He gestures to an open doorway, welcoming us to his home, and we step into a small living space, sparsely furnished with a few chairs and a TV stand in the corner. Family pictures adorn the colorfully painted walls. A woman sits in a rocker by the room’s only window, swaying back and forth and painting her nails a bright fuchsia. She smiles warmly as we enter before returning her attention to her work.
We pull chairs up so that we are gathered around Victor like small children in a classroom, and his voice drips like honey in a thick accent as he begins to tell us the story of his village.
San Basilio de Palenque, or "Palenque" was founded in 1599 by Benkos Biohio, an alleged African king, who escaped a slave ship when it wrecked on the nearby Magdalena River.
Benkos and his comrades settled in the nearby mountain range and continued working to free other enslaved people from the nearby city of Cartagena, a major port town and slave trading location.
They eventually established a fortified settlement that provided a safe haven for those brought from Africa as enslaved people.
In 1605 the Spanish actually signed a peace treaty with Benkos that lasted 16 years, allowing the palenqueros to live as a freed people. However, in the typical violent fashion of colonialists, the Europeans eventually broke the treaty, captured Benkos, and had him hanged in Cartagena, hoping to quell the uprising his work had sparked.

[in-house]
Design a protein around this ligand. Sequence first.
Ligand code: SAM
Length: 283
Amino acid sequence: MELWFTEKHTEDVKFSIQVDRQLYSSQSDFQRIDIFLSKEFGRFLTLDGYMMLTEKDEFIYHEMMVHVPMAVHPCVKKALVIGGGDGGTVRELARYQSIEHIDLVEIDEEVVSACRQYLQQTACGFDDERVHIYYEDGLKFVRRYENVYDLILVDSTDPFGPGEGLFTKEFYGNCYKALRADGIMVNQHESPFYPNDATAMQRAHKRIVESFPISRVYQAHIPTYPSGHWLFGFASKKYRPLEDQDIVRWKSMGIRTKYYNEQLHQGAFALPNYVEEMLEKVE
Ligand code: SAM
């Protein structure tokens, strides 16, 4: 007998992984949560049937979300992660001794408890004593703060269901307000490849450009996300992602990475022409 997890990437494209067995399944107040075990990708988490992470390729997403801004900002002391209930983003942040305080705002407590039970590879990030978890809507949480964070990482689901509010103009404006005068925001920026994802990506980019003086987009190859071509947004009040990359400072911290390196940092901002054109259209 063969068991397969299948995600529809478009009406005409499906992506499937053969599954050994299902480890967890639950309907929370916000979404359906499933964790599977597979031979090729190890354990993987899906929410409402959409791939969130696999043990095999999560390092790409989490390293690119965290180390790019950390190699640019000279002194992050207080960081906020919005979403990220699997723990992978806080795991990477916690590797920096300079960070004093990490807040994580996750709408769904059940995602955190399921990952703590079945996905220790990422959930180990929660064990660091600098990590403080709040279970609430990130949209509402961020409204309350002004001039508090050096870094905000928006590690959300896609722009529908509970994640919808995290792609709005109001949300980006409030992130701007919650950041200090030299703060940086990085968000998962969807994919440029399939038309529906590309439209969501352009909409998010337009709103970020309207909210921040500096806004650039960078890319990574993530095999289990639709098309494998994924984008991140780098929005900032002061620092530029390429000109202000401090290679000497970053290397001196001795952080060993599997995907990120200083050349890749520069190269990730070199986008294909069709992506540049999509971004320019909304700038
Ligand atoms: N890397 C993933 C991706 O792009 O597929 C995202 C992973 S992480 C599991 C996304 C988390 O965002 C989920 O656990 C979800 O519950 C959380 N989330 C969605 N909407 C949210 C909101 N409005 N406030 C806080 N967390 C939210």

But his murder only served to fuel the determination of the palenqueros as they continued their fight for freedom. A guerrilla war ensued between the townspeople and the colonialists until at last, in 1691, the colonialists accepted the palenqueros as a freed people. They have been carrying on their unique culture and lifestyle in relative isolation ever since.
"Our town is known for 5 things", Victor says, counting down the fingers on his hand.
"Music. Language. Traditional medicine. Religion. And Boxing."
He speaks so softly, so methodically, that we are all leaning in to hear him over the music blasting from the amplifiers on the street. I glance out the window and see children beginning to dance, forming a playful circle around a man with a Congo drum. The beat resounds in my own chest, matching my heart. My foot taps a response.
The music of Palenque, Victor tells us, includes everything from the popular Champeta to a unique form of hip hop, and is all deeply rooted in traditional African drum beats. These rhythms are essential to every facet of life here - from birth to death and everything in between.
Victor suddenly jumps from his chair and heads toward the door, beckoning for us to follow.
"Our next stop", he says, "is to visit a local doctor for a taste of traditional Palenque medicine".
I wave goodbye to the lady in the window, who is now blowing gently on her brightly colored nails, and we follow Victor out the door and down the street.
A toddler sits by the road, drawing figures in the dirt with a stick, pausing to stare at us intently as we pass. A motorbike drives by, a dust storm billowing in its wake. A family lounges on their porch, and they call out to us as we pass, waving a welcome. Another young boy waves me down and beckons at my camera around my neck. His face scrunches up in a goofy grimace, cheesing for the camera and so I oblige, snapping a shot.